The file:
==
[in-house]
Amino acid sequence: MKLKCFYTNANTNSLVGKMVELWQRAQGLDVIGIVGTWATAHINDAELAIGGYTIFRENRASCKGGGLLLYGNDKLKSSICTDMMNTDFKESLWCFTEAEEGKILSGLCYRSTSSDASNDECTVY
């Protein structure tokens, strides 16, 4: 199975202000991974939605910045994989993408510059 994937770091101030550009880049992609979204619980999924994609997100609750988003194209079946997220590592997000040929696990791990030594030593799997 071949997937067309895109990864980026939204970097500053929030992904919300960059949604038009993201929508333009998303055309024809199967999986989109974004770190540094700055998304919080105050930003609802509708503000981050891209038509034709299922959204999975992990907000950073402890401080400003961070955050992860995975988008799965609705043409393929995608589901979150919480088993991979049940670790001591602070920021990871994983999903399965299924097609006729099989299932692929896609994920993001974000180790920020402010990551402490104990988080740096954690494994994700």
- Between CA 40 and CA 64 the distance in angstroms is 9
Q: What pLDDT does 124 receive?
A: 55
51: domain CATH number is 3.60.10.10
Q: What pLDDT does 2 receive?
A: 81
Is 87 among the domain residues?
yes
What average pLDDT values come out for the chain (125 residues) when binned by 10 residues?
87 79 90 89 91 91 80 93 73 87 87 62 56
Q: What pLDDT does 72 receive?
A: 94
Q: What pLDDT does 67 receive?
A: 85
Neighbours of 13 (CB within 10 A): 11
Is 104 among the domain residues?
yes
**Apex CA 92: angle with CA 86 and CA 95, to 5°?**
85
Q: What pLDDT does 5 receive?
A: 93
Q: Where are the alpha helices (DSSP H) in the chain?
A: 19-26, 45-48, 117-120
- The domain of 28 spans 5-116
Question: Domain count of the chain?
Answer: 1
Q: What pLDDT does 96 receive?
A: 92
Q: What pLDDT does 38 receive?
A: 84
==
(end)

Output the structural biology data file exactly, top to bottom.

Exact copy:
[in-house]
Amino acid sequence: MKLKCFYTNANTNSLVGKMVELWQRAQGLDVIGIVGTWATAHINDAELAIGGYTIFRENRASCKGGGLLLYGNDKLKSSICTDMMNTDFKESLWCFTEAEEGKILSGLCYRSTSSDASNDECTVY
């Protein structure tokens, strides 16, 4: 199975202000991974939605910045994989993408510059 994937770091101030550009880049992609979204619980999924994609997100609750988003194209079946997220590592997000040929696990791990030594030593799997 071949997937067309895109990864980026939204970097500053929030992904919300960059949604038009993201929508333009998303055309024809199967999986989109974004770190540094700055998304919080105050930003609802509708503000981050891209038509034709299922959204999975992990907000950073402890401080400003961070955050992860995975988008799965609705043409393929995608589901979150919480088993991979049940670790001591602070920021990871994983999903399965299924097609006729099989299932692929896609994920993001974000180790920020402010990551402490104990988080740096954690494994994700």
- Between CA 40 and CA 64 the distance in angstroms is 9
Q: What pLDDT does 124 receive?
A: 55
51: domain CATH number is 3.60.10.10
Q: What pLDDT does 2 receive?
A: 81
Is 87 among the domain residues?
yes
What average pLDDT values come out for the chain (125 residues) when binned by 10 residues?
87 79 90 89 91 91 80 93 73 87 87 62 56
Q: What pLDDT does 72 receive?
A: 94
Q: What pLDDT does 67 receive?
A: 85
Neighbours of 13 (CB within 10 A): 11
Is 104 among the domain residues?
yes
**Apex CA 92: angle with CA 86 and CA 95, to 5°?**
85
Q: What pLDDT does 5 receive?
A: 93
Q: Where are the alpha helices (DSSP H) in the chain?
A: 19-26, 45-48, 117-120
- The domain of 28 spans 5-116
Question: Domain count of the chain?
Answer: 1
Q: What pLDDT does 96 receive?
A: 92
Q: What pLDDT does 38 receive?
A: 84